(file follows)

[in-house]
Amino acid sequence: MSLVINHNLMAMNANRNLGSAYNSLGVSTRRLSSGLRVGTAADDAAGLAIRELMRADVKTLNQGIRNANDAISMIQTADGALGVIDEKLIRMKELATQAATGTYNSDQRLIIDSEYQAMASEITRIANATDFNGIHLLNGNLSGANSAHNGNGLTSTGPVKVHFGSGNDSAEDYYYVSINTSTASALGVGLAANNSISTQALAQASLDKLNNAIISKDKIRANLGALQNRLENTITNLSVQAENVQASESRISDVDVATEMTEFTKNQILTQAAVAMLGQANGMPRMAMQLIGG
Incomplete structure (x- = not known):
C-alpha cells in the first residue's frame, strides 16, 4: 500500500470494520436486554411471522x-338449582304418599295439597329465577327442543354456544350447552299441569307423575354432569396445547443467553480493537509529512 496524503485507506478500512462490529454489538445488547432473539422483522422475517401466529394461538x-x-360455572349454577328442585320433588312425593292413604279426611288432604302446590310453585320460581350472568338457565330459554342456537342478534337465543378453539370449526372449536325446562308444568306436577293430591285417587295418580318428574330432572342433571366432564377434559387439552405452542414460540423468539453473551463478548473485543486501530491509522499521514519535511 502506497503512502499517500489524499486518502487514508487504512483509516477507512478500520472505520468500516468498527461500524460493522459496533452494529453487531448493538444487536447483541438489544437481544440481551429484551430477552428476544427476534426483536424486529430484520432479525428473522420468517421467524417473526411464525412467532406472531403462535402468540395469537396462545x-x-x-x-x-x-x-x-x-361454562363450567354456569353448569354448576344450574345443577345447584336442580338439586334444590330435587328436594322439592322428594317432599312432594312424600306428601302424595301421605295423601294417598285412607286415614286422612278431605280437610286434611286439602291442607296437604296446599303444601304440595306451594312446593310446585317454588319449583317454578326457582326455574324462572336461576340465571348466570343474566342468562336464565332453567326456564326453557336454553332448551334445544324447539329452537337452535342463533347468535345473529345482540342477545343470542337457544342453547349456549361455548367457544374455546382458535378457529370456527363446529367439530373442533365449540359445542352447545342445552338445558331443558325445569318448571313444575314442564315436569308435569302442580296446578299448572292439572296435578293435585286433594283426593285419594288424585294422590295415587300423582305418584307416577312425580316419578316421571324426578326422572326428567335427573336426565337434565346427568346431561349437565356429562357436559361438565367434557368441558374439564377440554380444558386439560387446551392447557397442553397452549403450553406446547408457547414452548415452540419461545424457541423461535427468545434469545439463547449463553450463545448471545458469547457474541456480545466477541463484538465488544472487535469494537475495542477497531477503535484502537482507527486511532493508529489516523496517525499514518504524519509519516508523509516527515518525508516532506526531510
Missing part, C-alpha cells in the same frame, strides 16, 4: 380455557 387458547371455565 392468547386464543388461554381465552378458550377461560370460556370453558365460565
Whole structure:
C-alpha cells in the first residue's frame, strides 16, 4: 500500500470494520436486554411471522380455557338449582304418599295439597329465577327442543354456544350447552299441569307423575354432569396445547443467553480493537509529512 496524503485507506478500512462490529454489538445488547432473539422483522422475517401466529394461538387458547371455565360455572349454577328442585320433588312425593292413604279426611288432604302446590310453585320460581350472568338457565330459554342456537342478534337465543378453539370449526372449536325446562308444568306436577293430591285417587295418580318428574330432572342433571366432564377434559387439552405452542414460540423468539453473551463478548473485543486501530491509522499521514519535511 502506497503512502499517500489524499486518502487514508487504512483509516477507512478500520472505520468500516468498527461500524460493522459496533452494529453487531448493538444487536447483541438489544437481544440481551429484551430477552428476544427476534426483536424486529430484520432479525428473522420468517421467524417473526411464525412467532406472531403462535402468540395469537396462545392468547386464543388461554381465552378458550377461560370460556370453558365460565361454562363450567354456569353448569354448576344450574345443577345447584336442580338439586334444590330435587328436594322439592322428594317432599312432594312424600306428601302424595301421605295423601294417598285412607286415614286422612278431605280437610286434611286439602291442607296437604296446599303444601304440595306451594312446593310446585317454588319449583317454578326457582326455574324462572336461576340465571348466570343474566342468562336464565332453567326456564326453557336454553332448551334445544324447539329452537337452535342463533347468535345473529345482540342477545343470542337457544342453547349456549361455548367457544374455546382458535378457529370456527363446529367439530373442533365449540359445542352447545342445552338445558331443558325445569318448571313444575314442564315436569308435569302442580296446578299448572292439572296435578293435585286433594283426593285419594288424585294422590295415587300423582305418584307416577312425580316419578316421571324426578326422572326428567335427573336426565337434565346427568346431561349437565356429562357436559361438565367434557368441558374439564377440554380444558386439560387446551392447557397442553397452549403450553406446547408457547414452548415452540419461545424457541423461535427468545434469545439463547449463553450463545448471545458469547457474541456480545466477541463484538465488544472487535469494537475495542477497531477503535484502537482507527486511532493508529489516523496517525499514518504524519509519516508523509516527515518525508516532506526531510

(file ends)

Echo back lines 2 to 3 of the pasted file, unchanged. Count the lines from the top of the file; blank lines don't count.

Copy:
Amino acid sequence: MSLVINHNLMAMNANRNLGSAYNSLGVSTRRLSSGLRVGTAADDAAGLAIRELMRADVKTLNQGIRNANDAISMIQTADGALGVIDEKLIRMKELATQAATGTYNSDQRLIIDSEYQAMASEITRIANATDFNGIHLLNGNLSGANSAHNGNGLTSTGPVKVHFGSGNDSAEDYYYVSINTSTASALGVGLAANNSISTQALAQASLDKLNNAIISKDKIRANLGALQNRLENTITNLSVQAENVQASESRISDVDVATEMTEFTKNQILTQAAVAMLGQANGMPRMAMQLIGG
Incomplete structure (x- = not known):